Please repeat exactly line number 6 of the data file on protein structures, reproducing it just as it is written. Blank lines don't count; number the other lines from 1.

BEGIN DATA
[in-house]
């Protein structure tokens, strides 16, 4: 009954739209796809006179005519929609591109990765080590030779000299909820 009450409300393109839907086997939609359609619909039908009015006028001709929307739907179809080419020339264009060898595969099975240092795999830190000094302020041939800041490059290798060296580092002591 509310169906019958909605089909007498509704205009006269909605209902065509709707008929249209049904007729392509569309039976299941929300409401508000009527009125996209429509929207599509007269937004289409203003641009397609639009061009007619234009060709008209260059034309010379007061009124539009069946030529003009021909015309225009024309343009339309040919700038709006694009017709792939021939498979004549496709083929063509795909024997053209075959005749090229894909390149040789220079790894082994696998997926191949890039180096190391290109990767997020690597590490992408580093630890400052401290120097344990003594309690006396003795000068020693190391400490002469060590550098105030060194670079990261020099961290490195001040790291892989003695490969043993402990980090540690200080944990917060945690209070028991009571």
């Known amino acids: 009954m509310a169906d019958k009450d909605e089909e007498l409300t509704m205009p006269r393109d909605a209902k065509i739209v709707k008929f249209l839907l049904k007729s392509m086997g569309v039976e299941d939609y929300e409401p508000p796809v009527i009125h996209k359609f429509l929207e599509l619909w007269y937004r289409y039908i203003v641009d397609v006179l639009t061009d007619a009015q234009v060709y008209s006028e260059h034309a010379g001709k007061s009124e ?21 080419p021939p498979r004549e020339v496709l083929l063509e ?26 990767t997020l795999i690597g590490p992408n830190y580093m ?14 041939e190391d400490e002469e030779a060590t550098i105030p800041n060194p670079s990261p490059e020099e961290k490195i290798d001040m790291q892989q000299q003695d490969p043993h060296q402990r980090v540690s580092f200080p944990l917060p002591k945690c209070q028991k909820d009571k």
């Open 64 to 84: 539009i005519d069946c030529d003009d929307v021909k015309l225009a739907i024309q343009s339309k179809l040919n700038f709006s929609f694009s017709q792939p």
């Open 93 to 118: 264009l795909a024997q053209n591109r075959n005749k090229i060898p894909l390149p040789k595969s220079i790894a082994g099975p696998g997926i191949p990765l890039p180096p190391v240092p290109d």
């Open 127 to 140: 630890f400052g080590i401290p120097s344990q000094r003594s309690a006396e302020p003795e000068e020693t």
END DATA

């Open 127 to 140: 630890f400052g080590i401290p120097s344990q000094r003594s309690a006396e302020p003795e000068e020693t």